Dr. Josh Fisher: Sure. So, one of the biggest that we hear about is the affordable veterinary care because there are, across the country, there are a lot of veterinary care deserts. In every state, there are areas just geographically that those low-cost spay/neuter, low-cost wellness services just simply aren’t available. In some of those, even the full price services aren’t available. There’s just not veterinary care in those areas. So, that’s one piece that can be a little bit challenging to overcome. Something that we had some really good success with is looking at it as a true community issue and finding ways that we can involve multiple jurisdictions, multiple agencies in, and have everybody come together because if you’ve got five agencies within a three-county radius kind of thing and you can find a central point and each agency can kick in a fifth of the expense. Then you’re looking at the true potential for bringing somebody or attracting somebody to come work in that environment. The pieces that fall after that, I think, are the landlord issues, right? So, looking at breed restrictions and what your community’s government-assisted housing restrictions are because that’s one of the easiest things to start with, right? Have a conversation with the organization that oversees that in your community and try to get information on where they’re coming from as to why those restrictions are in place and see if there’s anything that you can do or offer to help curb some of those. I know some of the things that we have done is to offer on our behavior and training team as a resource for people who are in those, who are utilizing that housing. So, if they do pick — that housing and they do start to experience some kind of behavioral issue, they have access to get help with that rather than just automatically saying your dog barks too much. It can’t stay here. You know, your dog’s going to be mean and attack other dogs. It can’t stay here, you know. Let us provide some assurances that we’re going to help work through those problems.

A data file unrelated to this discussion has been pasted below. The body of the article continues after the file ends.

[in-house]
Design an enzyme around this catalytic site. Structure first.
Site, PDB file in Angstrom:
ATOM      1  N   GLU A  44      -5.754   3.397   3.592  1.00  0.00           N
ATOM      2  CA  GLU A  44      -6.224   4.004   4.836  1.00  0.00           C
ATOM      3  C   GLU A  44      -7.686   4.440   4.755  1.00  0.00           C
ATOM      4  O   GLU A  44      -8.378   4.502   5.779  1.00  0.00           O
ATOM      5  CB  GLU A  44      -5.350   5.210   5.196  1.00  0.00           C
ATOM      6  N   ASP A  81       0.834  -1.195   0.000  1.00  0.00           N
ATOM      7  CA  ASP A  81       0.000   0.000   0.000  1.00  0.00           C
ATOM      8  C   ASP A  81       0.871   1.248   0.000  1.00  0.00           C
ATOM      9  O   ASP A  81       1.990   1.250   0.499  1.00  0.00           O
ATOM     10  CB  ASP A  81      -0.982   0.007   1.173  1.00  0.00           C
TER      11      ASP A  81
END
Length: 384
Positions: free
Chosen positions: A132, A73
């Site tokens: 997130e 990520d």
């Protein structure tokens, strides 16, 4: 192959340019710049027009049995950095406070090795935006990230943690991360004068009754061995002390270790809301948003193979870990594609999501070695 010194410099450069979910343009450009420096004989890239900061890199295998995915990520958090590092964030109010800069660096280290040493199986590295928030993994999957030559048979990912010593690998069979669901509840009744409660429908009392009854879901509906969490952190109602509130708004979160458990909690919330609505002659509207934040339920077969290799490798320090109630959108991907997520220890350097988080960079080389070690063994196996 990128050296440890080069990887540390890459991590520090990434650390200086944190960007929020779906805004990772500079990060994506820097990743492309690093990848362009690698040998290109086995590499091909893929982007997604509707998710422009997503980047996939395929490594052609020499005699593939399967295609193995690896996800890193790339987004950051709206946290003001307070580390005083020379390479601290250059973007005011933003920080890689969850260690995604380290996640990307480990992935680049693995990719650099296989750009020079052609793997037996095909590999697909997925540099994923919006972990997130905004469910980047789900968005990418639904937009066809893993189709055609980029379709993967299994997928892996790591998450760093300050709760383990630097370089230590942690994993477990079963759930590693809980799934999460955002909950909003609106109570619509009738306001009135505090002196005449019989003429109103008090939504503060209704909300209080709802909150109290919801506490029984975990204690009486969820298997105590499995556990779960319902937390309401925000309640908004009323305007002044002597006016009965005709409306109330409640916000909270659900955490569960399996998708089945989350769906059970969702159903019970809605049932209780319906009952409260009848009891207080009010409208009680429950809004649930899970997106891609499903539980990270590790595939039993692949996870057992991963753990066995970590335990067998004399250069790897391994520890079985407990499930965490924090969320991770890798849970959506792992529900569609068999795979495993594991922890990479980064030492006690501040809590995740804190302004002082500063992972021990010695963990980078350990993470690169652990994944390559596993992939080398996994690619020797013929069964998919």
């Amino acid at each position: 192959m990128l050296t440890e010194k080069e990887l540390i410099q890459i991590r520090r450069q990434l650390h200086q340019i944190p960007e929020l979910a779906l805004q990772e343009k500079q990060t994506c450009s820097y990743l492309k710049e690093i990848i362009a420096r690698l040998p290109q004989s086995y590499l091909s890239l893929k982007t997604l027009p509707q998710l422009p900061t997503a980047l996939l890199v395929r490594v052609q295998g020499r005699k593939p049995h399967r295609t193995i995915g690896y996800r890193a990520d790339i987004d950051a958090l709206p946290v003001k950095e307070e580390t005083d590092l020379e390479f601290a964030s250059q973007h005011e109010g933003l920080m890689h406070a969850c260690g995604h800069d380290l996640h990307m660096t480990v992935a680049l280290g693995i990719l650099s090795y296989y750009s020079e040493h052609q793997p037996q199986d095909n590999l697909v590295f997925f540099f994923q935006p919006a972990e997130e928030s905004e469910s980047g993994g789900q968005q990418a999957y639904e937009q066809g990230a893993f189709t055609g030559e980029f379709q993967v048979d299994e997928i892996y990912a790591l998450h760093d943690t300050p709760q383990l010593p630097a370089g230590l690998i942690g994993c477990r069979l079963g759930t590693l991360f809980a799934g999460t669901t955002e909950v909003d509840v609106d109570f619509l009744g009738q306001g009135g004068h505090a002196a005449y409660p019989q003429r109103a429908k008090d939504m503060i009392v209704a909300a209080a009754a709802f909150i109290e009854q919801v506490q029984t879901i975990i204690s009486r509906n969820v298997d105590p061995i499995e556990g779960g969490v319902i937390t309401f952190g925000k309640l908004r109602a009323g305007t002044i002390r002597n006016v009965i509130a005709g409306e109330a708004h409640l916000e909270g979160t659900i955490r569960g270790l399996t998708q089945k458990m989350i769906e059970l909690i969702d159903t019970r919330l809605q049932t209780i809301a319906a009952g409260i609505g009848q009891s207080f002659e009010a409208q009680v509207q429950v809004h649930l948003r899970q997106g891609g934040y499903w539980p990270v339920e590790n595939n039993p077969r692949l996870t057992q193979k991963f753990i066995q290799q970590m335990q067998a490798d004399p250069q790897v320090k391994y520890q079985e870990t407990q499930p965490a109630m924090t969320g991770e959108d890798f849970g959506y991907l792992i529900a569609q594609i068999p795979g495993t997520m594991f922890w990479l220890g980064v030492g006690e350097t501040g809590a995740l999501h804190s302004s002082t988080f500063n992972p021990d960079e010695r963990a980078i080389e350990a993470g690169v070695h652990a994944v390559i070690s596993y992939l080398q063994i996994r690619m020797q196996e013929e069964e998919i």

Audience Question: Going back to your ideas around veterinary care and finding affordable veterinary care and such, have you had any experience with partnering with veterinary schools or vet tech programs to be able to create programs for the students to get experience but at the same time, you meet the needs of the community. Have you seen that done?